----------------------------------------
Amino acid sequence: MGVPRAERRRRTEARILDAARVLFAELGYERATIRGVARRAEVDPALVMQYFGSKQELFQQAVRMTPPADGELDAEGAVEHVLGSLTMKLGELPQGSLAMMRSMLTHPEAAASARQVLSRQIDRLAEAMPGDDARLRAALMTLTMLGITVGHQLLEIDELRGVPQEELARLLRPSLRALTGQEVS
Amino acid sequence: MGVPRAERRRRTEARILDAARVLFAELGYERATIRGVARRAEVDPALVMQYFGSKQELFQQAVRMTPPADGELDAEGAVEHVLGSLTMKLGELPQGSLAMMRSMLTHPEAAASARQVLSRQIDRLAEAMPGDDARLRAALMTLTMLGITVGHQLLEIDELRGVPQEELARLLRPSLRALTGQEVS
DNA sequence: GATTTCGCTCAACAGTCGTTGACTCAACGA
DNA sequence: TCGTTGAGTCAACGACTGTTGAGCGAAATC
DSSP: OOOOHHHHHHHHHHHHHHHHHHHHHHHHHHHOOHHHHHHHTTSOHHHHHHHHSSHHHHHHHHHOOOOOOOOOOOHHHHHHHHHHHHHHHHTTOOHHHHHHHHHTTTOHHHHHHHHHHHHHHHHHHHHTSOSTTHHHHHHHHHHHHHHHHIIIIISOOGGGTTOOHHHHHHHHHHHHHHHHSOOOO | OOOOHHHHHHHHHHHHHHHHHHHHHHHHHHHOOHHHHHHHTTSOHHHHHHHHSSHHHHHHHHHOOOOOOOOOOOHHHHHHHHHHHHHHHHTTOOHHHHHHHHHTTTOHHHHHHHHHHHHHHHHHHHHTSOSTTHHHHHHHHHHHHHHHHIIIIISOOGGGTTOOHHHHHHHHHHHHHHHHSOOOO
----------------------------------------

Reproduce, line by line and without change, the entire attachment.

Amino acid sequence: MGVPRAERRRRTEARILDAARVLFAELGYERATIRGVARRAEVDPALVMQYFGSKQELFQQAVRMTPPADGELDAEGAVEHVLGSLTMKLGELPQGSLAMMRSMLTHPEAAASARQVLSRQIDRLAEAMPGDDARLRAALMTLTMLGITVGHQLLEIDELRGVPQEELARLLRPSLRALTGQEVS
Amino acid sequence: MGVPRAERRRRTEARILDAARVLFAELGYERATIRGVARRAEVDPALVMQYFGSKQELFQQAVRMTPPADGELDAEGAVEHVLGSLTMKLGELPQGSLAMMRSMLTHPEAAASARQVLSRQIDRLAEAMPGDDARLRAALMTLTMLGITVGHQLLEIDELRGVPQEELARLLRPSLRALTGQEVS
DNA sequence: GATTTCGCTCAACAGTCGTTGACTCAACGA
DNA sequence: TCGTTGAGTCAACGACTGTTGAGCGAAATC
DSSP: OOOOHHHHHHHHHHHHHHHHHHHHHHHHHHHOOHHHHHHHTTSOHHHHHHHHSSHHHHHHHHHOOOOOOOOOOOHHHHHHHHHHHHHHHHTTOOHHHHHHHHHTTTOHHHHHHHHHHHHHHHHHHHHTSOSTTHHHHHHHHHHHHHHHHIIIIISOOGGGTTOOHHHHHHHHHHHHHHHHSOOOO | OOOOHHHHHHHHHHHHHHHHHHHHHHHHHHHOOHHHHHHHTTSOHHHHHHHHSSHHHHHHHHHOOOOOOOOOOOHHHHHHHHHHHHHHHHTTOOHHHHHHHHHTTTOHHHHHHHHHHHHHHHHHHHHTSOSTTHHHHHHHHHHHHHHHHIIIIISOOGGGTTOOHHHHHHHHHHHHHHHHSOOOO